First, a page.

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 config(1M)							  config(1M)




 NAME
      config - configure and build an HP-UX system

 SYNOPSIS
      /usr/sbin/config [-c c_file] [-l m_file] [-m master] [-r path]
		       [-s|-u] [-S] [-t] system_file

      /usr/sbin/config -M module_name [[-M module_name]...]
		       [-m master] [-u]

 DESCRIPTION
      config is used to configure the following parts of the operating
      system:

      +	  device drivers

      +	  swap and dump devices

      +	  tunable system parameters

      +	  kernel modules

      config supports the following configurations:

      +	  whole kernel configuration (first form)

	  Both the static kernel (vmunix) and dynamically loadable modules
	  are generated, and a system reboot is necessary.

      +	  dynamically loadable module configuration (second form)

	  Specified loadable modules are dynamically generated and
	  registered with the current system.  The newly configured services
	  are available immediately, without requiring a system reboot.

      Kernel modules can either be static modules or dynamically loadable
      modules.

      The first form is used to configure the entire kernel; that is, the
      static kernel and all kernel modules.  This type of configuration is
      called a whole kernel configuration.  The second form is used to
      configure only the dynamically loadable modules.

      Static modules are maintained in individual object files which are
      included or excluded from the static kernel (vmunix) based on whether
      the features they support are required in the system.  Such modules
      are non-loadable and remain linked into the kernel.

      Dynamically loadable modules are also maintained in individual object
      files but they are not statically linked into the kernel.	 Loadable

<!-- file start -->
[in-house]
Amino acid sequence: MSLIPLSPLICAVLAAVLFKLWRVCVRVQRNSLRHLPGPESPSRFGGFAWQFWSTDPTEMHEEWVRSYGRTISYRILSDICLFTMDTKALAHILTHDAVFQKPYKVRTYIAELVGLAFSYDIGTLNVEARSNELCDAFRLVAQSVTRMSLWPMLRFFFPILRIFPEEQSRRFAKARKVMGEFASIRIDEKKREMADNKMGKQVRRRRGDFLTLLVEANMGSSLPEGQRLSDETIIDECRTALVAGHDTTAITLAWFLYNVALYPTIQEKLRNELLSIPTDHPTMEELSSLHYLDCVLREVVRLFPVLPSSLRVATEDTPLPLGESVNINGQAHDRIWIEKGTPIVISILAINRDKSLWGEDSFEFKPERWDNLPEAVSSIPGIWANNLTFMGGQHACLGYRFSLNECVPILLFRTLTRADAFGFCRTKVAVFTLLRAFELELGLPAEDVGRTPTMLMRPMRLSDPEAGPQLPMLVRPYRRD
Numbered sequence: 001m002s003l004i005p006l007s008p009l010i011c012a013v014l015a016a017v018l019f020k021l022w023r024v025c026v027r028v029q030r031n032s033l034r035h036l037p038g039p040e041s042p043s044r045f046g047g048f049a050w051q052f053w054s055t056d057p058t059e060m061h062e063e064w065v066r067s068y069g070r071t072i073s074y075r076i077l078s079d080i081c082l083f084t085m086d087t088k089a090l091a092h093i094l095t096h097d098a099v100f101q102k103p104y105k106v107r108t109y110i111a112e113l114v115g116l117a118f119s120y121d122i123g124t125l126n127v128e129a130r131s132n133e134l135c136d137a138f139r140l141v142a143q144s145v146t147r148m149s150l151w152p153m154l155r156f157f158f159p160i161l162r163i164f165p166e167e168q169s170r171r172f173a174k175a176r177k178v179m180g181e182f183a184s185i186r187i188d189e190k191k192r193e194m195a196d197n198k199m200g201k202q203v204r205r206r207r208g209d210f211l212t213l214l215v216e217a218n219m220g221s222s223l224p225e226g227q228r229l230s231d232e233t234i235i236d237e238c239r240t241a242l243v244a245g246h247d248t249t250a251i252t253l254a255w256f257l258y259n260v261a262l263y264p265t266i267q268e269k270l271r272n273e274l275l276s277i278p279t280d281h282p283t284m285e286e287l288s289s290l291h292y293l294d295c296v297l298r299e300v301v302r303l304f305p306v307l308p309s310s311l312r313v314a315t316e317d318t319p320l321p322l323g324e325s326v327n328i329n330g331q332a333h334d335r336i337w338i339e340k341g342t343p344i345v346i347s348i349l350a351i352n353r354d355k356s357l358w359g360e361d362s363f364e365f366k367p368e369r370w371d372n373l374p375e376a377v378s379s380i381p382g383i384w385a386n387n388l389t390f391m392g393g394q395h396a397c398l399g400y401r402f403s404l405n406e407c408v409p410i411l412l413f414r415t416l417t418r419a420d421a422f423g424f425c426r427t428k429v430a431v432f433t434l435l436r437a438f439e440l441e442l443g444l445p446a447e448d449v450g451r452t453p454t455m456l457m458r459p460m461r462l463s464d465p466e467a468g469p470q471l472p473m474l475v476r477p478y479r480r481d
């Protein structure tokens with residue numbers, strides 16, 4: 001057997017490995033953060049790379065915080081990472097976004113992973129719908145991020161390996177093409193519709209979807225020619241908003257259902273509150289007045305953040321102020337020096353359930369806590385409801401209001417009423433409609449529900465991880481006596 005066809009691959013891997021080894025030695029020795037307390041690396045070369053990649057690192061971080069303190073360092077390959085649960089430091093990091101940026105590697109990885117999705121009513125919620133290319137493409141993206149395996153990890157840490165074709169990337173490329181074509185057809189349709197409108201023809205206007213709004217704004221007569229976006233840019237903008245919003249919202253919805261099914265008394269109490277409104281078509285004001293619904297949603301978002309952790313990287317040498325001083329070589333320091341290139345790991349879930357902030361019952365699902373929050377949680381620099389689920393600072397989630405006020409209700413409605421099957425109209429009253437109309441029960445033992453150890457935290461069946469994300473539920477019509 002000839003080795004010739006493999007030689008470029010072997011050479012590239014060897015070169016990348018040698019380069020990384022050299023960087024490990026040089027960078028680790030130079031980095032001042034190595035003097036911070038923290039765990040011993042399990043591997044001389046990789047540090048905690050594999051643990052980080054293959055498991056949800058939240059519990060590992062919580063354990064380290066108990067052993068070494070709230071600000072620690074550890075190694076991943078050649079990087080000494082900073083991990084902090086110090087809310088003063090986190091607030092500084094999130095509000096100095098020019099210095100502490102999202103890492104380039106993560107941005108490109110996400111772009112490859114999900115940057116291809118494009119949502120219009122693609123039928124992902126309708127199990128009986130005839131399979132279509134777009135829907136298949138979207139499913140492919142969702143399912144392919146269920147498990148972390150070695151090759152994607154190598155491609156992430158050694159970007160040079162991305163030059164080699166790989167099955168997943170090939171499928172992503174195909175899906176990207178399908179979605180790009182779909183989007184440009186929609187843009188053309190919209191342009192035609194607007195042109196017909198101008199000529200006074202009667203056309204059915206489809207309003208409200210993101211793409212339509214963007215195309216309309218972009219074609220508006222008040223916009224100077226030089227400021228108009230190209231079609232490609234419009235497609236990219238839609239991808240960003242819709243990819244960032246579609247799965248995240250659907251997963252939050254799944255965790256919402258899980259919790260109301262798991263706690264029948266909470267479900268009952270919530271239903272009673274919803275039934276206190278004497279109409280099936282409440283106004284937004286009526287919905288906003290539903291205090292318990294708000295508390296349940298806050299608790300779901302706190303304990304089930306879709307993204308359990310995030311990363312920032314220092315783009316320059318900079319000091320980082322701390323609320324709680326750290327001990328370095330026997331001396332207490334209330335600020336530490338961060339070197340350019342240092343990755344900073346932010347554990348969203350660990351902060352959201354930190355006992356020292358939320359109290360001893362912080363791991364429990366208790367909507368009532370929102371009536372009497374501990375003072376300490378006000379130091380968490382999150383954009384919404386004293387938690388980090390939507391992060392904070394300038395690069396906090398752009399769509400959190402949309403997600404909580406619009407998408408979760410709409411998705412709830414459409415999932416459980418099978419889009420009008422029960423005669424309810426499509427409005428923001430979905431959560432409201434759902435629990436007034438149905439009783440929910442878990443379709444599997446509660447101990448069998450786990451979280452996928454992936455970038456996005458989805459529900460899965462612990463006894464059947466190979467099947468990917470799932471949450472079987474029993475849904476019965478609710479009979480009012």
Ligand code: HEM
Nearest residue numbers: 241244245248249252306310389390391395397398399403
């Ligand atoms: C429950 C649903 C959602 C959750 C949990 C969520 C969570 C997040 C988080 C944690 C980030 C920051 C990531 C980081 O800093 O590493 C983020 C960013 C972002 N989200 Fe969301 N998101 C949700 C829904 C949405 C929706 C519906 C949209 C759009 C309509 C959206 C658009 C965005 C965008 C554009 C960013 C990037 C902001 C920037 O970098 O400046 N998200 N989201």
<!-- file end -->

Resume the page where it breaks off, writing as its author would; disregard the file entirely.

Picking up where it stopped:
modules can be configured to be included or excluded from the kernel



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      dynamically, without having to relink the entire kernel or reboot the
      system.  The loadable image generated during the configuration of such
      modules may be auto-loaded or unloaded by the kernel or demand-loaded
      or unloaded by the system administrator.

      See the Managing Systems and Workgroups for information on how to
      include or remove a subsystem, file system, or kernel module, and how
      to boot the system.

    Whole Kernel Configuration (First Form)
      To configure a whole kernel, config reads the user-provided
      description of an HP-UX system (system_file), the system description
      files for kernel modules, and the master kernel configuration table
      information.

      Note that the system file and system description files for kernel
      modules should only be modified by using the kmsystem or kmtune system
      administration commands.

      For all kernel modules to be configured, config checks the interface
      functions or symbols used by the modules.	 If modules rely on symbols
      not covered by the $INTERFACE section of its master file,
      configuration fails.  Otherwise, config generates the following output
      files and directories:

      +	  C program source files (conf.c and space.h) that define the
	  configuration tables for various parts of the system.	 Unless